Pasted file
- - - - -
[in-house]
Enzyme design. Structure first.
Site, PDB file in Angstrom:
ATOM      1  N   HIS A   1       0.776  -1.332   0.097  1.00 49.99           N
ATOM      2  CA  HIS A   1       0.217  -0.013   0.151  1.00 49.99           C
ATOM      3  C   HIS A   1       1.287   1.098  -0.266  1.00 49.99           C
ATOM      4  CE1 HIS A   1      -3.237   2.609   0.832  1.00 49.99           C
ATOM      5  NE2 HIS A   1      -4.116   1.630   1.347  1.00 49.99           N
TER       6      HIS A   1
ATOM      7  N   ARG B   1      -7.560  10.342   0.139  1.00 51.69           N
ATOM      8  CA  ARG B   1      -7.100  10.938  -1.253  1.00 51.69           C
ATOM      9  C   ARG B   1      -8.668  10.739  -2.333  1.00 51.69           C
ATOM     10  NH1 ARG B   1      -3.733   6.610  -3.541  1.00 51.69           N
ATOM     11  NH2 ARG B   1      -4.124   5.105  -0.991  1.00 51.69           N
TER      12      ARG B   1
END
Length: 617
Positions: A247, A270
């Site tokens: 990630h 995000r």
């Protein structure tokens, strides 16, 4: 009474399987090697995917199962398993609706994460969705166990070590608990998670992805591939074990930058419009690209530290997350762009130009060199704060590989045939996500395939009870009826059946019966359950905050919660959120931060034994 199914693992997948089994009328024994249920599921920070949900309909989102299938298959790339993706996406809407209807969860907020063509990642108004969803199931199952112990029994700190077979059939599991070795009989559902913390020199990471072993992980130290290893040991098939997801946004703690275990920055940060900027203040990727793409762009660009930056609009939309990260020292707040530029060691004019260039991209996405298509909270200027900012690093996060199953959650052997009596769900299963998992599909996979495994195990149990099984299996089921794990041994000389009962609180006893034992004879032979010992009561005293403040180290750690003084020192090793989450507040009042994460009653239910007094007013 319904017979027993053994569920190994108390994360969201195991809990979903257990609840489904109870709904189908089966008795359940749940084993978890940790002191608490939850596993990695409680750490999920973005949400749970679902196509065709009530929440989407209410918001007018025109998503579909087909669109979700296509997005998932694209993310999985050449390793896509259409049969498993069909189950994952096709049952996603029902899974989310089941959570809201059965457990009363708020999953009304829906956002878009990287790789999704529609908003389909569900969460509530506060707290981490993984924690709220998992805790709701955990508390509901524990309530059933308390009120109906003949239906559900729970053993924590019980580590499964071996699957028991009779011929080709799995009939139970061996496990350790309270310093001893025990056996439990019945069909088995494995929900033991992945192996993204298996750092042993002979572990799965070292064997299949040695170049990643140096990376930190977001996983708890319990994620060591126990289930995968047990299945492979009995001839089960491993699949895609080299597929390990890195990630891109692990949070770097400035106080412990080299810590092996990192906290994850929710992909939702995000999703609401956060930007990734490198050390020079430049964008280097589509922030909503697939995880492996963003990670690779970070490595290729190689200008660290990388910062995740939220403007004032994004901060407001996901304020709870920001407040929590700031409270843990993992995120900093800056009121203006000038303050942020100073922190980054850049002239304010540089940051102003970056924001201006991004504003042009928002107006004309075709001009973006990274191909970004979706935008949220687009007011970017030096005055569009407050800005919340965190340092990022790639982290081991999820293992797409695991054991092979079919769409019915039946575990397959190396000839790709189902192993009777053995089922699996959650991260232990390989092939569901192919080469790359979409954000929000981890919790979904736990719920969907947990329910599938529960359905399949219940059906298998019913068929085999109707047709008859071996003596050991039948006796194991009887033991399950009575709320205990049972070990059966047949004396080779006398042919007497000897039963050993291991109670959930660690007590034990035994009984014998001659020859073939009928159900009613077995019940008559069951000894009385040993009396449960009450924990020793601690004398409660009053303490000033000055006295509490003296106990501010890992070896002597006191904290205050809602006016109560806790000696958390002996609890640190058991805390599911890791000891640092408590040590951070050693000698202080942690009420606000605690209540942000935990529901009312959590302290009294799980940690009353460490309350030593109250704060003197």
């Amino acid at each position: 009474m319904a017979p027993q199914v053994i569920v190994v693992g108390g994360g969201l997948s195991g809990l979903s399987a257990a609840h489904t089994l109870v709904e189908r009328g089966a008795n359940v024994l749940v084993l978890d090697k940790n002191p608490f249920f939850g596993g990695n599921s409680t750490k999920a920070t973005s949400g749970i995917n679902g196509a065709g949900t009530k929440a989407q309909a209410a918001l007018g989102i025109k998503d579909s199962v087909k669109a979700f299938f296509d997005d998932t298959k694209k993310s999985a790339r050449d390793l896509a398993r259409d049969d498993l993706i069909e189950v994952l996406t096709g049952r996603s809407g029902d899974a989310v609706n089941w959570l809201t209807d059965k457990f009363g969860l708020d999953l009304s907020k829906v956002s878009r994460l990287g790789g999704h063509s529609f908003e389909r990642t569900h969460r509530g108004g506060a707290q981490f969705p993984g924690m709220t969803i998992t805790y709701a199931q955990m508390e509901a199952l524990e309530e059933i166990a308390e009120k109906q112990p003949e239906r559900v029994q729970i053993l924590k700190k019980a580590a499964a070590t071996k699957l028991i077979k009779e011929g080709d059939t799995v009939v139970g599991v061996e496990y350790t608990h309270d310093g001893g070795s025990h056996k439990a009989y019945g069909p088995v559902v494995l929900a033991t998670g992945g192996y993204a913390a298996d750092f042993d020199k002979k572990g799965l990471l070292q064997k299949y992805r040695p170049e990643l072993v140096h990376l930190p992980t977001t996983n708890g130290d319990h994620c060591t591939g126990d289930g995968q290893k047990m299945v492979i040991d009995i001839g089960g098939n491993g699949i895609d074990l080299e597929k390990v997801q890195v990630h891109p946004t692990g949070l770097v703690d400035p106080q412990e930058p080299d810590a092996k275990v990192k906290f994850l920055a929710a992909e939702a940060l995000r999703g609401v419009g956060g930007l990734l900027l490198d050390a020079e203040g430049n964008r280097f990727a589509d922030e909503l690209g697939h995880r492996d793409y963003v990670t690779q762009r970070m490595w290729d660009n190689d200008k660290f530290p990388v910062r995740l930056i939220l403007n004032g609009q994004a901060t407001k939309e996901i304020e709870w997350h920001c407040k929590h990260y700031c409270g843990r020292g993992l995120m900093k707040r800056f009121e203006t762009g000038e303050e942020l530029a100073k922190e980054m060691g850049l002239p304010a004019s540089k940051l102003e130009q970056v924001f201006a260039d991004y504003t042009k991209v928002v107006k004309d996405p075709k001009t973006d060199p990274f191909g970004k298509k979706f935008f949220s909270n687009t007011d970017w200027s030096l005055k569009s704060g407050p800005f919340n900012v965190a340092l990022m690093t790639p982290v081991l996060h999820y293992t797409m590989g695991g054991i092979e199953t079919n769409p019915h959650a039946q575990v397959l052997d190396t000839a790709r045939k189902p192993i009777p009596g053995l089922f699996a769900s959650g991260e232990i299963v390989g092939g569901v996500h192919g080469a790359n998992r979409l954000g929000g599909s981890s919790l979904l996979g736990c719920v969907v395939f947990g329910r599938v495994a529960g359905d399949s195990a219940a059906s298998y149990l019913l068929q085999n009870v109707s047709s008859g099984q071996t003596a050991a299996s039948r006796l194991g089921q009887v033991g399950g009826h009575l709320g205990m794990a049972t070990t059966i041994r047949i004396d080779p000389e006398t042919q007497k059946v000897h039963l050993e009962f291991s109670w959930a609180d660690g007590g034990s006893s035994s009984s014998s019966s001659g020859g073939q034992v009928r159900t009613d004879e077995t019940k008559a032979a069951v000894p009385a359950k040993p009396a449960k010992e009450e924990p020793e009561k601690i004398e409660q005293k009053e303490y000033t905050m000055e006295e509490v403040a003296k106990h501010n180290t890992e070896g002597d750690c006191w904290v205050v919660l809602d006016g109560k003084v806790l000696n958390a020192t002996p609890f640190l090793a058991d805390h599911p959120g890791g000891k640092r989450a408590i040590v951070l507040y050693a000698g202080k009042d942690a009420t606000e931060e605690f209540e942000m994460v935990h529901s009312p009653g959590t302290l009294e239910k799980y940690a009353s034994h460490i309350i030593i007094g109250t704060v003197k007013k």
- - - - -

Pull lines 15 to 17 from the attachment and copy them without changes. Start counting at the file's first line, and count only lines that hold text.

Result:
TER      12      ARG B   1
END
Length: 617